Shanghai’s World Expo Kicks Off
The Beijing Olympics may be over, but China is making headlines again–now with the Expo 2010 Shanghai, which began on Friday evening.
Expectations seem to be as big as China itself. Of all world expos, it covers the largest area (5.28 km), costs the most ($4 billion for the Expo itself, and about $45 billion for city remodeling), has the most participants (190 countries and more than 50 international organizations), and is expected to draw the largest crowd (70-100 million visitors).
Since the first showing in London in 1851, world expositions have existed for the exchange of ideas and to showcase each country’s latest developments in economy, culture, science and technology. The theme of this year’s Expo, running from May 1 to October 31, is “Better City, Better Life.”
The theme is fitting, given that since winning the Expo bid in 2002, Shanghai has been remodeling the city to prepare for it, building new roads and highways, subway lines, and airport terminals. Also among the city’s new safety precautions: Adding metal detectors to subway entrances and screening cars entering Shanghai.
The Expo kicked off on Friday night with opening ceremonies that included 2,300 performers (among them: Jackie Chan and Andrea Bocelli), a fountain shooting water 262 feet high, and fireworks (above).
Those who visit the US pavilion–whose motto is “Rise to the Challenge”–can see a Hollywood-produced film about the environment in a movie theater with 4-D effects, acts like musician Herbie Hancock, and booths selling Kentucky Fried Chicken and Pizza Hut (ah, the reflections of American culture abroad).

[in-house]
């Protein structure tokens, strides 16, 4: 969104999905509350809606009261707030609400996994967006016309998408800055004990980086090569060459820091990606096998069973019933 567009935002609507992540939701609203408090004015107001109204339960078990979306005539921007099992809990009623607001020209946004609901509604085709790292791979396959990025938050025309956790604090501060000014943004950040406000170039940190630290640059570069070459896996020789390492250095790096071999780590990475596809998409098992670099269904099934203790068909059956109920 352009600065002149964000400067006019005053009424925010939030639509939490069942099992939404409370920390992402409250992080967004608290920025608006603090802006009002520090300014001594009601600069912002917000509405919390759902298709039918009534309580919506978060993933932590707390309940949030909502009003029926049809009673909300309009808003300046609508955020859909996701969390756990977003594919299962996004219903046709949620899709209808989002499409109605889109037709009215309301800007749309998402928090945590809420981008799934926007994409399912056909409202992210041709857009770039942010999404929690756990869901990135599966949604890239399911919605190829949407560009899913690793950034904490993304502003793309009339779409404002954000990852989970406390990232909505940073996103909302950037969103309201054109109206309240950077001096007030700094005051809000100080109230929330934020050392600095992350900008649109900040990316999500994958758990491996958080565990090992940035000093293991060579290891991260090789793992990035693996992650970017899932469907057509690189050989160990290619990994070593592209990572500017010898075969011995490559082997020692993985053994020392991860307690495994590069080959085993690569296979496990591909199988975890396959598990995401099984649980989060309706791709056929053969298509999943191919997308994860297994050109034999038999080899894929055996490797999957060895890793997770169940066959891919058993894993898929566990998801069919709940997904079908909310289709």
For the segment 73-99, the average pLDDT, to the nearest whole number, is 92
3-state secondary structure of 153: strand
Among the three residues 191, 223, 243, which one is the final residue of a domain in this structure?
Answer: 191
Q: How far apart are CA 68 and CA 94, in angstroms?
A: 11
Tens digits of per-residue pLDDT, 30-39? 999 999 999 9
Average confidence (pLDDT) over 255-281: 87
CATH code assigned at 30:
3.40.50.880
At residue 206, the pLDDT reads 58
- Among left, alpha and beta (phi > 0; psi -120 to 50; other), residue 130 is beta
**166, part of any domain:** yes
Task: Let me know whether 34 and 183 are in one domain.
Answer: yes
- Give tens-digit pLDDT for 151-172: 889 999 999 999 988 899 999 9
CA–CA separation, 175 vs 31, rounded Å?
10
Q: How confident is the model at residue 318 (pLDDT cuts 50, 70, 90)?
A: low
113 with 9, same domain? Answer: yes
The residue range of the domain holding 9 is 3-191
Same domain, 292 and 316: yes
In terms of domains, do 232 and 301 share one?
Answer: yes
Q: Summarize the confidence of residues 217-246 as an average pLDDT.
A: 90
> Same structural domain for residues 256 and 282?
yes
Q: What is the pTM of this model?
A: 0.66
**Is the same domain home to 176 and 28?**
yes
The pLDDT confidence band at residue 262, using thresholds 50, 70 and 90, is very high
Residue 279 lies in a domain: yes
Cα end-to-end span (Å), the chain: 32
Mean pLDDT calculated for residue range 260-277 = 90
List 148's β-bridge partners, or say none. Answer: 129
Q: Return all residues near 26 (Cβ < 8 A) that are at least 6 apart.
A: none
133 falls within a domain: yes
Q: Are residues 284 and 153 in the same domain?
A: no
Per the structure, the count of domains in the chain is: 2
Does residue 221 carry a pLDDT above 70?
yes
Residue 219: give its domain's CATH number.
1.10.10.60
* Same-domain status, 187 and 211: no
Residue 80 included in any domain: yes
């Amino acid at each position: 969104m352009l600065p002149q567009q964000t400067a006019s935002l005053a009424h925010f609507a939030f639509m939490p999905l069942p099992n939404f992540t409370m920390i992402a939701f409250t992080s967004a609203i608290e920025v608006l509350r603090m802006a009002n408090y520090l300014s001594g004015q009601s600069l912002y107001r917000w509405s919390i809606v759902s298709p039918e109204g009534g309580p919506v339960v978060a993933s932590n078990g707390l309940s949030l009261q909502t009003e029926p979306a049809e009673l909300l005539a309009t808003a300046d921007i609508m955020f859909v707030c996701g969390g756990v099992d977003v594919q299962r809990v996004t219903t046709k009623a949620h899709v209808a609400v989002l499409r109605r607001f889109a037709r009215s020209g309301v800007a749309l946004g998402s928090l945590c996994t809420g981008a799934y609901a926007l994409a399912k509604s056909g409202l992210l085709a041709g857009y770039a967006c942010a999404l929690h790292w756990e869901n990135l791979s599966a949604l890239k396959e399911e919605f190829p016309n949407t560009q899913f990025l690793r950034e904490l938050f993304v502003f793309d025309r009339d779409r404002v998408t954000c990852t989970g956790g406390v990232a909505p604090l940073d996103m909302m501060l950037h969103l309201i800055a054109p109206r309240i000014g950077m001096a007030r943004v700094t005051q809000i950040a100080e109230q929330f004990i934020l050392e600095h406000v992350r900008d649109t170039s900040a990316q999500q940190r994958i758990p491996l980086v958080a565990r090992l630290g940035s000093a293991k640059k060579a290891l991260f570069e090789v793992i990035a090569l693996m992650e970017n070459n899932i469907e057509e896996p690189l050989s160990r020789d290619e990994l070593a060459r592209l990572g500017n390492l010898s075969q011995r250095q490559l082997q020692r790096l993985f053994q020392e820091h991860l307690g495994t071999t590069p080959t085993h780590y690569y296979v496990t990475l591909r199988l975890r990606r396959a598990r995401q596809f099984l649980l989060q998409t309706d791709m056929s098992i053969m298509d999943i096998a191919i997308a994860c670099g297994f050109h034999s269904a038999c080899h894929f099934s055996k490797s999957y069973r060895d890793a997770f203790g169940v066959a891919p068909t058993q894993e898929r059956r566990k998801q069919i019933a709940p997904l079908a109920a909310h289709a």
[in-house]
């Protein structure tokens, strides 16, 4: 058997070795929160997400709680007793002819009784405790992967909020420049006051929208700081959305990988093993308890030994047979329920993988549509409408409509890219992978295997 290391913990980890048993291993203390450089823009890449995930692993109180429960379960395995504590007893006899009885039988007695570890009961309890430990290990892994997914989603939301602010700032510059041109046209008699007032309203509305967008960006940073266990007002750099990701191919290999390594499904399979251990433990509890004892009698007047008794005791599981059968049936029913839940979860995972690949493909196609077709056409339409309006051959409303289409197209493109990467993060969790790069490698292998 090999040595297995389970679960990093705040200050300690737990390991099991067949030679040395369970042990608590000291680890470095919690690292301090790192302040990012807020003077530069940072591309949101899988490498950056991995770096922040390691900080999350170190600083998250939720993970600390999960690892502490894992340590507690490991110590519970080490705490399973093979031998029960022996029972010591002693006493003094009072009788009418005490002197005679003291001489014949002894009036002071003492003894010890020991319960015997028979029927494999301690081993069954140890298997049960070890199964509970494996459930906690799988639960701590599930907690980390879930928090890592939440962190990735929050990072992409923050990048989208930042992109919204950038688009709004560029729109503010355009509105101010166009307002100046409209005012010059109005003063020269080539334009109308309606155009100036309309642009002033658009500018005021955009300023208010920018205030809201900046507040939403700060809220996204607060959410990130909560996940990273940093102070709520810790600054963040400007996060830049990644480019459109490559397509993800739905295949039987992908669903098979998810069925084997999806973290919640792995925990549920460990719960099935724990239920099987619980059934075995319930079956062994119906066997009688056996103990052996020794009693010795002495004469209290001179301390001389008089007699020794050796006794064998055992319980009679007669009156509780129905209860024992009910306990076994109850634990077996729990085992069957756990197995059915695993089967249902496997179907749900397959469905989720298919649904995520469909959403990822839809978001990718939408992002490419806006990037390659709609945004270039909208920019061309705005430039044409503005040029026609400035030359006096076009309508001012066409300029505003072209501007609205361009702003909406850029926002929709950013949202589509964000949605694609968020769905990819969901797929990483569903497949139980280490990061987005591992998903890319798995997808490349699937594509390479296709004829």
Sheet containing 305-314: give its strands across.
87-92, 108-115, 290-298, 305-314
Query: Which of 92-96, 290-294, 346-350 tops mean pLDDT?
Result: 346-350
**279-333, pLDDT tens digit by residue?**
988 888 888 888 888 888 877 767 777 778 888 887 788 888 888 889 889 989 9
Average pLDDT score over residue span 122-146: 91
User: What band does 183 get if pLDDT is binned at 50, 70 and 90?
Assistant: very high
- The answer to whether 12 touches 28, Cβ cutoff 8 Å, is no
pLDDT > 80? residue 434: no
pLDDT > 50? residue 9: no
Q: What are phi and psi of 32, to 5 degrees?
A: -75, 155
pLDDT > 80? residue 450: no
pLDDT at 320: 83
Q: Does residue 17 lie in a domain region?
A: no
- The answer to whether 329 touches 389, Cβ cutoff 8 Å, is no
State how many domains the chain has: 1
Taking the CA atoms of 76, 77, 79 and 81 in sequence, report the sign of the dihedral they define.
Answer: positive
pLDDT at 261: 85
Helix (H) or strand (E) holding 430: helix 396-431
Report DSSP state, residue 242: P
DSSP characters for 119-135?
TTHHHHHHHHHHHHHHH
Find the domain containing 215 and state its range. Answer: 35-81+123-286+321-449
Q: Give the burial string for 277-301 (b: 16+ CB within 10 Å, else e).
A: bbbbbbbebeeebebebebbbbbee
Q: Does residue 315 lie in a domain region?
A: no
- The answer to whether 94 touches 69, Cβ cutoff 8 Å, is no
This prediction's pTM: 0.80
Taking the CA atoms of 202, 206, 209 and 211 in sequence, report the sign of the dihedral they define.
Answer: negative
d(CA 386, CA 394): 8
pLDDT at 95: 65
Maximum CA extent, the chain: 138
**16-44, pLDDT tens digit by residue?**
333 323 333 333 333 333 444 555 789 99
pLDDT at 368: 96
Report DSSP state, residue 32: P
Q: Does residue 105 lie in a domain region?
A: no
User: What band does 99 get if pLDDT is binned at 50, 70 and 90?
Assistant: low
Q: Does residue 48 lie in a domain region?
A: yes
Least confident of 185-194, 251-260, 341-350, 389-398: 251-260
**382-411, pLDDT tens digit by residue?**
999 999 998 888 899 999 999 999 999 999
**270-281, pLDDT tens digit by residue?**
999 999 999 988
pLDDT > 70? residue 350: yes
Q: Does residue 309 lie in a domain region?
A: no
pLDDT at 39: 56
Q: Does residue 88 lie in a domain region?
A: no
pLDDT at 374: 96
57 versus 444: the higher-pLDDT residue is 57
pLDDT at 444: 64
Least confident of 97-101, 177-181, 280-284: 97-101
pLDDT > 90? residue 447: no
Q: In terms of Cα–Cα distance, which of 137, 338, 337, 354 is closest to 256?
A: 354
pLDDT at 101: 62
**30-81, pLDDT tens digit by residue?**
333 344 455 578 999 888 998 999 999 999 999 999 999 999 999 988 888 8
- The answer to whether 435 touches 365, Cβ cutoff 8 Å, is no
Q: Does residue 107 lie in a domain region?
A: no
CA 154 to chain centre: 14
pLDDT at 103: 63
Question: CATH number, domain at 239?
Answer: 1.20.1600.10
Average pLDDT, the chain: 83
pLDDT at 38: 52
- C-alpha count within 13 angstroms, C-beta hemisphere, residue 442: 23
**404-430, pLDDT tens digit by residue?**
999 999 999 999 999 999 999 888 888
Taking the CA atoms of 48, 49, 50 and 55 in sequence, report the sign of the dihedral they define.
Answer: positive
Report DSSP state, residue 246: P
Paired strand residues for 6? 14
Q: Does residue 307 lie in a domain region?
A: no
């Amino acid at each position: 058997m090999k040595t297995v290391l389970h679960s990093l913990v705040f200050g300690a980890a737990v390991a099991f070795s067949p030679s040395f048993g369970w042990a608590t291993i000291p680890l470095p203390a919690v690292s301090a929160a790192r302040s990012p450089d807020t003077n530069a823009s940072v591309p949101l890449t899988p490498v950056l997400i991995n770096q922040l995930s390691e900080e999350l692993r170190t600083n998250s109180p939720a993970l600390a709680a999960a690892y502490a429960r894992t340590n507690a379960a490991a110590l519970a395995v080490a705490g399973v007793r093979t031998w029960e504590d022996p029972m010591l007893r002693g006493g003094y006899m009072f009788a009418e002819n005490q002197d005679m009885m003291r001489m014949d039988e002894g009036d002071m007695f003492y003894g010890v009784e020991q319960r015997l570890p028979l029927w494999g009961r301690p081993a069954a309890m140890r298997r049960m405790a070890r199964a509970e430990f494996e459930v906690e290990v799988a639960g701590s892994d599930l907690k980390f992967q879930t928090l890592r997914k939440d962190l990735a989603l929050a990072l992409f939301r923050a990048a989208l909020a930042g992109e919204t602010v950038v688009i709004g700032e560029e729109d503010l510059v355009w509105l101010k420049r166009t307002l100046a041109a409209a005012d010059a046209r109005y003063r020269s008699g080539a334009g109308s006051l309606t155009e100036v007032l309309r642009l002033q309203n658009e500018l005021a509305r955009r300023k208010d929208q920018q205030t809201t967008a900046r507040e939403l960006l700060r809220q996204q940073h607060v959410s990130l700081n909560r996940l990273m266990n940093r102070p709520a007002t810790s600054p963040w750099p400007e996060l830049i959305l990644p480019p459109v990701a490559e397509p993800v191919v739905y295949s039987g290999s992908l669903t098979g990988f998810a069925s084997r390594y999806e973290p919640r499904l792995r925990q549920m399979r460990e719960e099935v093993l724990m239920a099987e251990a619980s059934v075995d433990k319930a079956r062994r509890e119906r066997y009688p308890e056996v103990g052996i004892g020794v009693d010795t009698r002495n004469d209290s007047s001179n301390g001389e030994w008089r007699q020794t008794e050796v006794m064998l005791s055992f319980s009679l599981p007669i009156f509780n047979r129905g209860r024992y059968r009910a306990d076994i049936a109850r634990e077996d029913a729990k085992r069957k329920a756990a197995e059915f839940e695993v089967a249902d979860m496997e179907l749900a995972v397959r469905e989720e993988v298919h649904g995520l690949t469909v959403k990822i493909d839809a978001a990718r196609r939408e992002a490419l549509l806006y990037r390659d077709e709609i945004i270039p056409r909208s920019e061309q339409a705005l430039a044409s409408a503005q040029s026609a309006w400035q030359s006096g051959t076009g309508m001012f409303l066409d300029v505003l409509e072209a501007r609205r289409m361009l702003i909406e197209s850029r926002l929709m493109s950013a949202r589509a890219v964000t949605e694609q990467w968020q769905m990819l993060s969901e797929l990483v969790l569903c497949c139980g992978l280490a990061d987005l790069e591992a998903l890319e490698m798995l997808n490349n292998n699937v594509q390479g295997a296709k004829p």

China’s pavilion dominates in size–the red “Crown of the East” is a six-story inverted pyramid that rises 206 feet high. At Denmark’s pavilion visitors can see the bronze statue of the Little Mermaid from Copenhagen–the first time it’s been out of the country. Japan’s pavilion
- Nat Geo Expeditions
offers environmentally focused technologies–outside, its exterior is embedded with solar cells; inside, its floor generates power when visitors walk on it. Even North Korea will be there–it’s the first time the country has been represented at any world expo.
Admission for a standard single day pass is 160 CNY (US$23), a 3-day pass is 400 CNY (US$50), and an evening pass is 90 CNY (US$13).
For more about Shanghai, check out our City Guide. Attending the Expo? Let us know what you think!
Photo: Shanghai World Expo 2010